Melese Tessema, Korean War veteran from Ethiopia, points himself out in a picture at a memorial in Chuncheon.
A day after the outbreak of the Korean War on June 25, 1950, the United Nations Security Council adopted a resolution to provide all support necessary to stop North Korea from invading the South.
In response, 16 U.N. allies sent troops to the peninsula to help South Koreans in their fight, including Ethiopia -- the only African nation to take part.
TBS spoke to Melesse Tessema, one of the some 130 surviving Ethiopian veterans, and his granddaughter, who stands as a living legacy of his service to this day.
Ron Chang reports.
In 1951, Ethiopian Emperor Haile Selassie decided to send over 6,000 troops to Korea.
They were part of Kagnew battalions, military units from the Imperial Ethiopian Army, which fought as part of the U.S.-led U.N. Command.
Melesse Tessema, now 92 years old, said he was deployed to the Korean Peninsula as a fresh academy graduate.
[Clip: Melese: 00:10]
"I was the first graduate from the military academy. As soon as I graduated, I immediately attended the Korean War. I was a platoon leader, second lieutenant."
Melesse said he remembers seeing Korea in ruins when he arrived.
[Clip: Melese: 00:10]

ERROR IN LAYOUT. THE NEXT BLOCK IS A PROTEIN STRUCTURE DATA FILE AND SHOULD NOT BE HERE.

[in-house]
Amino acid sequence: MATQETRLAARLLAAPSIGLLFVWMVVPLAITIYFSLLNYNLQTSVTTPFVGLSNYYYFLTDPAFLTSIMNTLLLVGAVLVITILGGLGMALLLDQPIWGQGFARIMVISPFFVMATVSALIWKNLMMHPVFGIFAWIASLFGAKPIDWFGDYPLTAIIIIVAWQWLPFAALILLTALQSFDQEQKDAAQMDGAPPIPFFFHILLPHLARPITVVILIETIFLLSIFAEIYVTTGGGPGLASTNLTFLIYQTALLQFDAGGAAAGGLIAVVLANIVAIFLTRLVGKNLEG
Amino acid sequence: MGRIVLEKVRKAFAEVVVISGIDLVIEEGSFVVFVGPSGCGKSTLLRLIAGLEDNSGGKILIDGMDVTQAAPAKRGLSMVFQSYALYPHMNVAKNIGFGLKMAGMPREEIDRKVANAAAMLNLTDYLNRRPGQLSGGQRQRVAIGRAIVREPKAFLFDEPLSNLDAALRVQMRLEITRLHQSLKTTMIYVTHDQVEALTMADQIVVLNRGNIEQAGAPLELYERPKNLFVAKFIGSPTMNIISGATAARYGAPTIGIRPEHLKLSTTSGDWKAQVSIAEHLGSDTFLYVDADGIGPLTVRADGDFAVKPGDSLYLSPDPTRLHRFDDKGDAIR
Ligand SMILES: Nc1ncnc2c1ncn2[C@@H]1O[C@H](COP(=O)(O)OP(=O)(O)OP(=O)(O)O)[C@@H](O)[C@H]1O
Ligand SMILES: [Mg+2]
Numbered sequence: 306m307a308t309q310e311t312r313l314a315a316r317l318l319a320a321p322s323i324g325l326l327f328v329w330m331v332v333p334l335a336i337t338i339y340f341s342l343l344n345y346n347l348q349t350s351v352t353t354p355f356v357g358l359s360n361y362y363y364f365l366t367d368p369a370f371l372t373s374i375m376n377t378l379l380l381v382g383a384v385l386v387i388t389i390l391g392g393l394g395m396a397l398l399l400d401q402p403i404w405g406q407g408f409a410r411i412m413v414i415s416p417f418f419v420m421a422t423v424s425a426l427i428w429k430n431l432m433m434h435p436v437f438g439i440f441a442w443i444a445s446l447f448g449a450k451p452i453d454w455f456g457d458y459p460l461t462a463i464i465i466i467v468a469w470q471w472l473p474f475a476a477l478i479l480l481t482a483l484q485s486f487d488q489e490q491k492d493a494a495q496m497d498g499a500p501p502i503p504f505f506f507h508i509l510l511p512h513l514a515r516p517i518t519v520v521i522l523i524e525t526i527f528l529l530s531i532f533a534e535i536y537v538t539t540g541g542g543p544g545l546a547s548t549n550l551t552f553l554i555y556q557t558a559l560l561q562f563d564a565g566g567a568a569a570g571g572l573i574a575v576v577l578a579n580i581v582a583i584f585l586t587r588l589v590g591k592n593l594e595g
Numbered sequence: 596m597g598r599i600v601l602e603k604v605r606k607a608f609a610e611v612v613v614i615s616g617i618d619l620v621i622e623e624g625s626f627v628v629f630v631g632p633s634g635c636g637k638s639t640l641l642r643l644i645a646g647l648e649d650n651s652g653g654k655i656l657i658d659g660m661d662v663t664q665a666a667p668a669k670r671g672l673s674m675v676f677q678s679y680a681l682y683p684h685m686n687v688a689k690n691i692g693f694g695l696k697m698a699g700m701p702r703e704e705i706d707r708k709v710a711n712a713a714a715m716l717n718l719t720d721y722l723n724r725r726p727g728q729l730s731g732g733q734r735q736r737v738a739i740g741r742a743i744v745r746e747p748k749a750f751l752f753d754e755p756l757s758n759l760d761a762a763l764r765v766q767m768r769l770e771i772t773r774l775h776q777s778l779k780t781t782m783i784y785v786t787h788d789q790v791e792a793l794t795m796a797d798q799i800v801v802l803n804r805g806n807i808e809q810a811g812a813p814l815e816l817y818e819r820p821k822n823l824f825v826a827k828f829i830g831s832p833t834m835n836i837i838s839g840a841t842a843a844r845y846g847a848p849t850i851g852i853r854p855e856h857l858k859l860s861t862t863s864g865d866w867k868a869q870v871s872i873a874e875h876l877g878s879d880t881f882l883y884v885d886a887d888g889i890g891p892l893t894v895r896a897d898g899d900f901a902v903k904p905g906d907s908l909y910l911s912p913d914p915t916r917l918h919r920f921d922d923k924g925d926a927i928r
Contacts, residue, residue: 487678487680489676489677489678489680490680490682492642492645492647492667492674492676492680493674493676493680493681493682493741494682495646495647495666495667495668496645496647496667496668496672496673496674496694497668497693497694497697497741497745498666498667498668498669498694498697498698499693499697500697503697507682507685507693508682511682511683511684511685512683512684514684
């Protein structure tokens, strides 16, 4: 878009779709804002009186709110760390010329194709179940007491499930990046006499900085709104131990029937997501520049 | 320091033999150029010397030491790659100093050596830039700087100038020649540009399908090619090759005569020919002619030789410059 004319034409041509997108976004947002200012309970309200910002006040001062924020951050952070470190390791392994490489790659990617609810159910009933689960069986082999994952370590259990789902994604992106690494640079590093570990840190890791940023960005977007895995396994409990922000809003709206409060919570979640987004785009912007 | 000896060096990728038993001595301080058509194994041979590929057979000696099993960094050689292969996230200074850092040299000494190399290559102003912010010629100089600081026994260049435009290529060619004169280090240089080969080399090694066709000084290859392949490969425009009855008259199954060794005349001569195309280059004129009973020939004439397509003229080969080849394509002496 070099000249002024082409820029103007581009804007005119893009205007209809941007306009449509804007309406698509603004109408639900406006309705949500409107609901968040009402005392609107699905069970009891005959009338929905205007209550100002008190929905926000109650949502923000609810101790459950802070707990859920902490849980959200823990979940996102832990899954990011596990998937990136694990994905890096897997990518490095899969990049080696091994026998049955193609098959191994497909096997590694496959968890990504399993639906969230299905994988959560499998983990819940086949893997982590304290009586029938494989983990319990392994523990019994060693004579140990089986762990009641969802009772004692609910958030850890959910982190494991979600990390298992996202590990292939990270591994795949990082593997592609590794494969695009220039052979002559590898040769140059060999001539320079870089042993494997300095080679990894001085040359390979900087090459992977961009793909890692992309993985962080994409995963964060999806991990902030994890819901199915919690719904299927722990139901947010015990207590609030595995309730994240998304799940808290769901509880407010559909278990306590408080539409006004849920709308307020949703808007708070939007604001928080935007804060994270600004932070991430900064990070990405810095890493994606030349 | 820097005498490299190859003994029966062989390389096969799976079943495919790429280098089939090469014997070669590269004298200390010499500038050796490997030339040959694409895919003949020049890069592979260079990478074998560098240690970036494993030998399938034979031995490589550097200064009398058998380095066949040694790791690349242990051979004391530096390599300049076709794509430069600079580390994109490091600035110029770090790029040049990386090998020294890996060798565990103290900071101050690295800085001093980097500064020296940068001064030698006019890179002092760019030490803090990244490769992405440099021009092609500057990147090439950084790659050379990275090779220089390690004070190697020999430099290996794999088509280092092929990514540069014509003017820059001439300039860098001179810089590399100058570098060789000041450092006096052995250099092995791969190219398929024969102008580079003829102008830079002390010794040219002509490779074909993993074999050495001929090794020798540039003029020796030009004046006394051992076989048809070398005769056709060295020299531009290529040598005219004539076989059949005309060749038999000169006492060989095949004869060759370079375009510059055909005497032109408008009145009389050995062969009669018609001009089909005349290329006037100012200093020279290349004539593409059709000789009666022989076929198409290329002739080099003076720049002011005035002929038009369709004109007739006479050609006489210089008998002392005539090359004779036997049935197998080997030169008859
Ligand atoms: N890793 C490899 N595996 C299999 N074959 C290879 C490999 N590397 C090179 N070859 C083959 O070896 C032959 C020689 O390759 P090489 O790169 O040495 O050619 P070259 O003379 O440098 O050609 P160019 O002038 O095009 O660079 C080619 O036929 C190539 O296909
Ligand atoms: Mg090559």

"When I was there, it was a very catastrophic nation, Korea. I arrived soon after the breakout of the war and so I saw many buildings damaged and children on the street crying...they lost their families."
Although it's been more than six decades since the fighting in Korea ended with an armistice, Melesse's connection to the country continues.
He is the head of the Ethiopia Korean War Veterans Association.
While South Korea honors him and thousands of other vets for their service, Melesse says he's grateful to South Korea, noting the recent donation of anti-coronavirus supplies Seoul sent last month to U.N. countries that took part in the war.
[Clip: Melese: 00:23]
"I would like to say thank you to the Korean people because after the war and presently also, they are helping us in everything and even this time, they sent us for veterans masks, COVID masks and I thank for that also for not forgetting us for such long time."
His granddaughter, Bethel Melesse Tessema, who received a scholarship from the Korean government to study in Seoul, also shared her appreciation.
[Clip: Bethel: 00:07]
"I am really grateful that they are helping us in return. They didn't have to but I am very grateful for that."
Bethel said she's proud of her grandfather and her home country for the sacrifices they made.
[Clip: Bethel: 00:22]
"He and other veterans, they were putting their life on the line not for their own country but for a faraway land they had never been to before. The winter especially was harsh and cold compared to my tropical home. So, I am very proud of my grandfather and other veterans carried out their duties in spite of these hardships."
South Korea will be forever indebted to Ethiopia as well as all those from other countries that helped fight for our freedom.
Please send comments to email@example.com / copyright © tbs. Unauthorized redistribution prohibited.